You don’t use the correct settings for recording 4 tracks. Set the ‘preferences’ to Windows Audio Session API (WASAPI) as I do in the Video!
Some claim it isn’t available on their Audacity version. On the Audacity website, however, it is still mentioned and what’s more: it’s been a standard in Windows ever since Windows Vista. In fact it is one of the “unique selling points” in Audacity! So I do have a hard time believing it isn’t available and my best guess is you’re not using the corect settings.
I am having the Dutch version but you should be able to see where this setting can be found (under preferences). In case you cannot get it working with the current version of Audacity – and I really do advice to use that one since it has hundreds of fixed bugs! – there are still older versions available. Like over here. Please note, this versions dates back to 2015 and this link (from Google Drive, it’s my “old” Windows version, works on Windows8.1) is to be used solely at your own risk.
So this is the video I’ve been talking about, hope it helps or is at least entertaining 🙂 As I said in the video I don’t prefer Audacity for recording. These days I use Mixbus5 (and Ardour) running on Linux Mint. I’ve never looked back at Windows recording since I started using that even though I still have Mixbus on my Windows laptop (Windows 8.1). That doesn’t mean recording using Windows is less good. I simply prefer Linux (Linux Mint).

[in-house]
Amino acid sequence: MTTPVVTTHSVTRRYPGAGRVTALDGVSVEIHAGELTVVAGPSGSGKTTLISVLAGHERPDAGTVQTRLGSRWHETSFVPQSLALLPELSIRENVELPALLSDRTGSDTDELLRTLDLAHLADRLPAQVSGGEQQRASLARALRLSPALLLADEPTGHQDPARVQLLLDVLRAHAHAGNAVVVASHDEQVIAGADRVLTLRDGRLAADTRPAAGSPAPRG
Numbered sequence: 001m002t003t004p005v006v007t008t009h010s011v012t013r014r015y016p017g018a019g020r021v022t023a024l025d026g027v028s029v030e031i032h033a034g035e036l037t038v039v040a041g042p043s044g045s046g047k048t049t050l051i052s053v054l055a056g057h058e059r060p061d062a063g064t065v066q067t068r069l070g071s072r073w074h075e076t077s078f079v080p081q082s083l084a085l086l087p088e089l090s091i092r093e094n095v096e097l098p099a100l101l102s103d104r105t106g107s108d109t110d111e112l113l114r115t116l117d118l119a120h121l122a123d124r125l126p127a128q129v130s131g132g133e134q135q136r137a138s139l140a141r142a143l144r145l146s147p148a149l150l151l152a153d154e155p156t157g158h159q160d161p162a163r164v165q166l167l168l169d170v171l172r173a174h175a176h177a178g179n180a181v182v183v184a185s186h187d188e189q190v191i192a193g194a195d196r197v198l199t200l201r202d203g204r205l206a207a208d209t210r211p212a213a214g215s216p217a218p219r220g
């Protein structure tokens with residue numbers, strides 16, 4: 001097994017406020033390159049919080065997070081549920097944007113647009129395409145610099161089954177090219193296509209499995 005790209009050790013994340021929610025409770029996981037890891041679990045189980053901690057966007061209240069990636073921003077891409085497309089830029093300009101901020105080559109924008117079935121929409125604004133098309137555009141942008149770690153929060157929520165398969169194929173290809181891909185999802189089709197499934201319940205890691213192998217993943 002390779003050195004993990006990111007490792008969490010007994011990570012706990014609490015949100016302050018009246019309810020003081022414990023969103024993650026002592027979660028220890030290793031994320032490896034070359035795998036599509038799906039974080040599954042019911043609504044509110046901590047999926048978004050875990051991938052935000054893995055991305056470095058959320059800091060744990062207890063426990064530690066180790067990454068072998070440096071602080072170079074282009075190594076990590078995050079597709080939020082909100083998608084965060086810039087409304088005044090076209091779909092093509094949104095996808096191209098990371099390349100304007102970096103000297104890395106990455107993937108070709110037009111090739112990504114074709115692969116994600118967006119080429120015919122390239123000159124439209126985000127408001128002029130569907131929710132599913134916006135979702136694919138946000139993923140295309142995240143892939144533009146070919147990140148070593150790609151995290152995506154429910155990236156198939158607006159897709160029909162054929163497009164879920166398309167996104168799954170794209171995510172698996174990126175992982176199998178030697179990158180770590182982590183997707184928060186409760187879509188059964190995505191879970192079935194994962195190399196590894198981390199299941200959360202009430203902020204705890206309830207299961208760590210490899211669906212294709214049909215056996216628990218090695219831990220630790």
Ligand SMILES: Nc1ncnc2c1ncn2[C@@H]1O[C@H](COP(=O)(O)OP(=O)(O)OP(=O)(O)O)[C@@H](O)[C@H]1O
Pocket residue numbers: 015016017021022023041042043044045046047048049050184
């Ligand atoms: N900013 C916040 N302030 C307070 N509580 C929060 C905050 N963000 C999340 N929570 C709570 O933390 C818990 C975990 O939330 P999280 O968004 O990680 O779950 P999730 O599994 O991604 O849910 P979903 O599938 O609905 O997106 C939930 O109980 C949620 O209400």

In God’s Country from the album The Joshua Tree is one of the best U2 songs, from one of their best albums ever. Since I’ve been a staunch U2 fan, ever since I heard them on the radio when I was around 12 years old, I love to play their songs. I hardly ever record them. This is an exception on this ‘rule’. It’s a perfect song for an acoustic version.
I shot the video during the recording. After I shot the video I noticed it could have been a little better but it’s the recording that matters the most of course.
RECORDING ACOUSTIC SONGS
Now many ‘singer songwriters’ whome record at home, record in one take. This is of course possible. The video suggests I did the same. And yes — I recorded vocals and guitar at the same time; the guitar trough a DI (Direct Input) and guitar and vocals on separate tracks. After that, I re-recorded the vocals on an additional track (as you can see in the video). The reason for this is simple: if you record vocals and guitars at the same time, the guitar sound will ‘bleed’ into the vocal track. It makes mixing it very difficult. So if you ever record acoustic guitar and vocals for a simple demo or album: make sure you can split them.
If you record an acoustic guitar that isn’t an electro-acoustic, don’t sing along! Your vocal will ‘bleed’ into the guitar track and if that happens, you can’t do overdubs on your vocal unless you re-record the guitar as well.
The ZolderStudio (LoftStudio) has moved! As you might have noticed we were moving to a new location because we’ve bought a new house. Well, that is.. to us it’s new. But it was build around 1880. So it’s got a long history already. Anyway — we’ve started moving into the new house and rebuilding the studio.
The acoustic panels, btw, were very cheap to create. We paid less than 20 euro’s for them (hint: pre-made painters canvas). The acoustic foam was ordered online from Geek.
DIY Budget Home Recording Studio
In essence, my home recording setup is a computer with a (Linux) DAW (Ardour, Mixbus5).